Swedish firm IKEA, which has proposed to invest Rs. 10,500 crore to set up single brand retail stores in India, has asked the government that it must be allowed to continue sourcing from small units even after the vendors have crossed the mandatory $1 million investment limit.
It has also proposed that the calculation of the 30 per cent norm be done for cumulative periods of 10 years of operations starting with the approval of the present application.
As per the present single brand FDI policy, global retailers would have to source 30 per cent of their requirement from Indian small industries which have a total investment in plant and machinery not exceeding $1 million.
The company, which has filled the application with the Department of Industrial Policy and Promotion (DIPP) on Friday, said that if IKEA group were to comply with this norm, such units will very soon outgrow the stipulated valuation (of $1 million) and become large set-ups.
Owing to the restriction contained in the FDI policy, such small industries may lose out on vast volumes of business from the group, it said.
Moreover, it said that if the company would keep on changing its vendors, such abrupt change would also disrupt the quality of the products that would be released in the market and also the supply chain operations of IKEA group.
“The biggest impact would be on the small industries themselves, as if IKEA group stops doing business with such enterprises, several such industries using IKEA’s designs and expertise would have to close down and hundreds, if not thousands of workers will be rendered unemployed,” the company said in its application.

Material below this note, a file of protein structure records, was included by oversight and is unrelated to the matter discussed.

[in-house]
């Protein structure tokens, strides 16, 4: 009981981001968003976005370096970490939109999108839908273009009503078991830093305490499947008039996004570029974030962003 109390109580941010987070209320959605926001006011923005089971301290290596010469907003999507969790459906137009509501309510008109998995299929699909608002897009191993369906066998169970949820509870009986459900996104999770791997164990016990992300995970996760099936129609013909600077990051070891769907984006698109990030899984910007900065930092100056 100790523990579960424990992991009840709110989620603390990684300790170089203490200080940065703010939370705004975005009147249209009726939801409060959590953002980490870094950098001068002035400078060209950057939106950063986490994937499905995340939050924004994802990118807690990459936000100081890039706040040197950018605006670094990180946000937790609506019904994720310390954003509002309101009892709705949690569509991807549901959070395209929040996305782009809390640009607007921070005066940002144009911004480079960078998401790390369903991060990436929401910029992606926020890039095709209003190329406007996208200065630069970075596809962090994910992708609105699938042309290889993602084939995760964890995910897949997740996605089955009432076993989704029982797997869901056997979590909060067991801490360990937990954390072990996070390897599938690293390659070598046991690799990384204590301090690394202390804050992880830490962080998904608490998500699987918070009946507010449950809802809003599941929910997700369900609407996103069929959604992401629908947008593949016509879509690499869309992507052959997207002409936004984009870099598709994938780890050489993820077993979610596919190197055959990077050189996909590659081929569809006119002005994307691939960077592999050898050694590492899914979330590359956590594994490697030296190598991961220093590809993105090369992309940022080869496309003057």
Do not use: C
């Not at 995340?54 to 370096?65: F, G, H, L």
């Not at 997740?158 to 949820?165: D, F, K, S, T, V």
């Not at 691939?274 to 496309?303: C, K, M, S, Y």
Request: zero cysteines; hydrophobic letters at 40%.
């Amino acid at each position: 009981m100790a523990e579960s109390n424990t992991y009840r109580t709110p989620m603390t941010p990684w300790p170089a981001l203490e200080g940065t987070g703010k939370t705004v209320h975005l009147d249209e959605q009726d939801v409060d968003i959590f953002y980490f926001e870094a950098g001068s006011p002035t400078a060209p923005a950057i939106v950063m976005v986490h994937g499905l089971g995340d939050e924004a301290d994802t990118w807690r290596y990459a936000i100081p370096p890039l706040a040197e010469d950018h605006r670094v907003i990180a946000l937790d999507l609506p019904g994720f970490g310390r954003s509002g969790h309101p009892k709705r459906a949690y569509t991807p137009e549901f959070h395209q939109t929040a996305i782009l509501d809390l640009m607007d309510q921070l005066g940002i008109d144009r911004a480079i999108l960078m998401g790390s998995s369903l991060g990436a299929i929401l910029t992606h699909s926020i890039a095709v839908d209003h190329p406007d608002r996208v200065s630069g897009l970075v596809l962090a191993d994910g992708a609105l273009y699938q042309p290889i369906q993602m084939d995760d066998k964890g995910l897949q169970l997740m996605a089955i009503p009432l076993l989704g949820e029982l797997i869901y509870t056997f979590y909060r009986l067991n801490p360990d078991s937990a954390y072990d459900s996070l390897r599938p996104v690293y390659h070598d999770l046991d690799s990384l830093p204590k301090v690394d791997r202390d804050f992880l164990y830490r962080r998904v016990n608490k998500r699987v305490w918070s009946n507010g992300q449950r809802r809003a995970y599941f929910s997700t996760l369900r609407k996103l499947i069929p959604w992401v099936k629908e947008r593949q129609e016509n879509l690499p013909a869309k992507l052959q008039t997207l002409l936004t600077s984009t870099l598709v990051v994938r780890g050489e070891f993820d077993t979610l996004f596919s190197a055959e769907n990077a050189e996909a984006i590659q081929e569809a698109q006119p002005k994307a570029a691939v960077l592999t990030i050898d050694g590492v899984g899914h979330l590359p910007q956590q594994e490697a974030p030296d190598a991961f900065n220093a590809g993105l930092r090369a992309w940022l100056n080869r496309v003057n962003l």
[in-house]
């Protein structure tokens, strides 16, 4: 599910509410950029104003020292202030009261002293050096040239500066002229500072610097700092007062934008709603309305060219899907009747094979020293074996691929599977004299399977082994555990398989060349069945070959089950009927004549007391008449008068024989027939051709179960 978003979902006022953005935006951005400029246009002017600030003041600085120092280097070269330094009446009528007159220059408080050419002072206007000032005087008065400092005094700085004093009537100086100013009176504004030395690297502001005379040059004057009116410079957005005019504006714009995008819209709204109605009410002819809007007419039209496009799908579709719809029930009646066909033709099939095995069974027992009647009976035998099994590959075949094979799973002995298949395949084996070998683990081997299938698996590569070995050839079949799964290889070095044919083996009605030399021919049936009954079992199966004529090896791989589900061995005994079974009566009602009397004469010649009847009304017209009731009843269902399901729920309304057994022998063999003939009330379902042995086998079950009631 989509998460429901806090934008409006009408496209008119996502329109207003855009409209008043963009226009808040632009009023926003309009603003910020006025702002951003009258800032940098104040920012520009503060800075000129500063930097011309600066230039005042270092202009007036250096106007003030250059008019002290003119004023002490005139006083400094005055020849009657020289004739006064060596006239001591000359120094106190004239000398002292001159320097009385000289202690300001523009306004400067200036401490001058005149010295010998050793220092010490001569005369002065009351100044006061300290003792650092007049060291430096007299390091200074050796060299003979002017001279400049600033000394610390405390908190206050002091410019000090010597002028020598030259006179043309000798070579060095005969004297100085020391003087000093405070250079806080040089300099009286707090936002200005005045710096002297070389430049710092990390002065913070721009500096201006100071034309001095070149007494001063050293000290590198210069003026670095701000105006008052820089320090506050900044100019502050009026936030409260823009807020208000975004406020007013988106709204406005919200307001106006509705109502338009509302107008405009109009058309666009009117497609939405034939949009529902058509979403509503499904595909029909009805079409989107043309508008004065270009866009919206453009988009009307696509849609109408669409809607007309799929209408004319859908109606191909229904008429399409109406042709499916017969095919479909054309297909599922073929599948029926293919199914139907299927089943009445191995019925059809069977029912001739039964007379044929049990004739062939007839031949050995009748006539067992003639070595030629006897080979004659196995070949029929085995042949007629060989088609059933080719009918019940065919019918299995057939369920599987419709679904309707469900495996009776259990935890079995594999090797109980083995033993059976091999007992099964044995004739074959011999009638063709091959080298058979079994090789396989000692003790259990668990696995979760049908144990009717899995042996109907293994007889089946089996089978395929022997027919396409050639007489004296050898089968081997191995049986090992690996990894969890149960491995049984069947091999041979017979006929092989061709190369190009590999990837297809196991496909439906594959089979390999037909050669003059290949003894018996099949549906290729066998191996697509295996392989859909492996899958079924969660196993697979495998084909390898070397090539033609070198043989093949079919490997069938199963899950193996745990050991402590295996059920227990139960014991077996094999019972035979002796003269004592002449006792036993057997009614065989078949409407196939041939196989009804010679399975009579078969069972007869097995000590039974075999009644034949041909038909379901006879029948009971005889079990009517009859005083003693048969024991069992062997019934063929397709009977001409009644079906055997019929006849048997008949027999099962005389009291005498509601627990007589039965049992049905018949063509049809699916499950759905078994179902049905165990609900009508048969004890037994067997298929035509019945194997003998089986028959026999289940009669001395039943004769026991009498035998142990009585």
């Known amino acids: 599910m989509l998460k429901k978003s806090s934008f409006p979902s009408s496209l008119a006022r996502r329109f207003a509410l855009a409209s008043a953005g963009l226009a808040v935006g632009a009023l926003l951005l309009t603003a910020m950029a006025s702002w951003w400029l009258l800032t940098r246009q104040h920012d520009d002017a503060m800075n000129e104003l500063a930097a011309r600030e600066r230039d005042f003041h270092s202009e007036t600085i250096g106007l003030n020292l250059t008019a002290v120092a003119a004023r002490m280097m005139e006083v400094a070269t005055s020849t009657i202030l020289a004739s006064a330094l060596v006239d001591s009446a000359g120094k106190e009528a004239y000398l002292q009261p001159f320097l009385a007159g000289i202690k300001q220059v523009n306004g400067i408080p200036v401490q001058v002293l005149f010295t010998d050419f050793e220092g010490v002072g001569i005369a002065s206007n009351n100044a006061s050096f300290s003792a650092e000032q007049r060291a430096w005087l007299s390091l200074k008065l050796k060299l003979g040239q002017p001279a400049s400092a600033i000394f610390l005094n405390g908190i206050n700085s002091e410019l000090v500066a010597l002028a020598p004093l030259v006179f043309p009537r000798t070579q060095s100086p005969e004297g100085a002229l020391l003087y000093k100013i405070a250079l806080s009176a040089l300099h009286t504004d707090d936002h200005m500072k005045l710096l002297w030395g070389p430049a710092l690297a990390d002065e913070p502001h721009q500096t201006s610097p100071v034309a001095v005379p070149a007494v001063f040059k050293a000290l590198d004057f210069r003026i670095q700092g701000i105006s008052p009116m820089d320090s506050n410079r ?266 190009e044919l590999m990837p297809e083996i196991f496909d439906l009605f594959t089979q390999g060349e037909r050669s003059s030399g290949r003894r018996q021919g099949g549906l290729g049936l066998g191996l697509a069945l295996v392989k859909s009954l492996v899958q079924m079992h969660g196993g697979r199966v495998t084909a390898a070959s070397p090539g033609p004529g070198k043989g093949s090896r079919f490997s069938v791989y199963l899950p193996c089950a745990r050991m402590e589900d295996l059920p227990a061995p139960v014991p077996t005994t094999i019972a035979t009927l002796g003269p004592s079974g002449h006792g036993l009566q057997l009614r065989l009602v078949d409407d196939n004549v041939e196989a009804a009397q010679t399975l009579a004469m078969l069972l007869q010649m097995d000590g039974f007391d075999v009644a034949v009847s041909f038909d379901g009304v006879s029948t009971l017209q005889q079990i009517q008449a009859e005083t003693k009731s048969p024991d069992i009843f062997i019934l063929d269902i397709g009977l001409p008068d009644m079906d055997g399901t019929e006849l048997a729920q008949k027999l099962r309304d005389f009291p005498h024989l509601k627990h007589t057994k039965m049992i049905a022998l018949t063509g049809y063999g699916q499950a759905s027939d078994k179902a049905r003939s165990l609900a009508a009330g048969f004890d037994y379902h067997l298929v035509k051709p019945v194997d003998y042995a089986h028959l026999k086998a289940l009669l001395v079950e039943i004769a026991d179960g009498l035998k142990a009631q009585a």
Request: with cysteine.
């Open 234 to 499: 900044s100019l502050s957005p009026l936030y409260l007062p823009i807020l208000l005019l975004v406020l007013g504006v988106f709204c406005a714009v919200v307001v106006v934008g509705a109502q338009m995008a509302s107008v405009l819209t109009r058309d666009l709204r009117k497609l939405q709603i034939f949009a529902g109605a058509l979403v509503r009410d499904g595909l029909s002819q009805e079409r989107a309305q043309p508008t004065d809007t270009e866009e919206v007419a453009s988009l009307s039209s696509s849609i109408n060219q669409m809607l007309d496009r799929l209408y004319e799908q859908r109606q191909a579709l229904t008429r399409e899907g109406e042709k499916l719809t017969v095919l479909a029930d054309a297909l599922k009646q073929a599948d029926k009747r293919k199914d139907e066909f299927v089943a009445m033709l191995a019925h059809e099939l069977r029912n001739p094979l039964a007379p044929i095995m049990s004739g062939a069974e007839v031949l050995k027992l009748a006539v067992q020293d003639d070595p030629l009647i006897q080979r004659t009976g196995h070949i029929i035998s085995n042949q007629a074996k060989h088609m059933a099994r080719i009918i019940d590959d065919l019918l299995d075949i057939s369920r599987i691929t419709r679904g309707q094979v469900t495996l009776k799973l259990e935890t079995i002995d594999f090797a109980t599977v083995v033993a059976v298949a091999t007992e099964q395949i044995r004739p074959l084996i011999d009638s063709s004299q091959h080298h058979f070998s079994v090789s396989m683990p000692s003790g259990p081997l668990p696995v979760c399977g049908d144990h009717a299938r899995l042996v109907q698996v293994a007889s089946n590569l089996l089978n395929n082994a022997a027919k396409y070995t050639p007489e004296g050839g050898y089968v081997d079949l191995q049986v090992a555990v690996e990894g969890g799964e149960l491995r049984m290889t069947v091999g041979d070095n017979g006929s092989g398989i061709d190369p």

It said that the company cannot be expected to keep changing its local vendors as it will gravely impact the supply chain, product quality, product cost and consequently the revenues of the company.
IKEA’s proposal comes at a time when the DIPP is considering to relax the 30 sourcing norms as other brands like Apple and Rolex may not be able to meet the requirements.
“DIPP is discussing with MSME ministry for the relaxation,” an official said.
The Swedish furniture retailer further said in its application: “Also, if IKEA group were to time and again revert to less industrialised set-ups (i.e. below the stipulated valuation of $1 million), the firm would not be able to produce and provide in high volumes low-cost high quality products to the Indian customers. This will restrict the growth of IKEA in the Indian market leading so far.
”...IKEA group would continue to source products, components and materials from them and count the value of such sourcing to comply with the mandatory sourcing requirement from such small industries.”
It also said that complying with the sourcing norm is not a day one requirement, as the gestation period of a typical IKEA retail store is 3-5 years and it would be impossible for the company to meet this requirement from day one or anytime soon thereafter.
“Accordingly, IKEA proposes that adherence to the mandatory sourcing requirement be computed, certified and checked for cumulative periods of 10 years each from the date of approval of the present proposal by the FIPB and the sourcing values would include the export values of sourcing by the IKEA group companies from the small industries,” it added.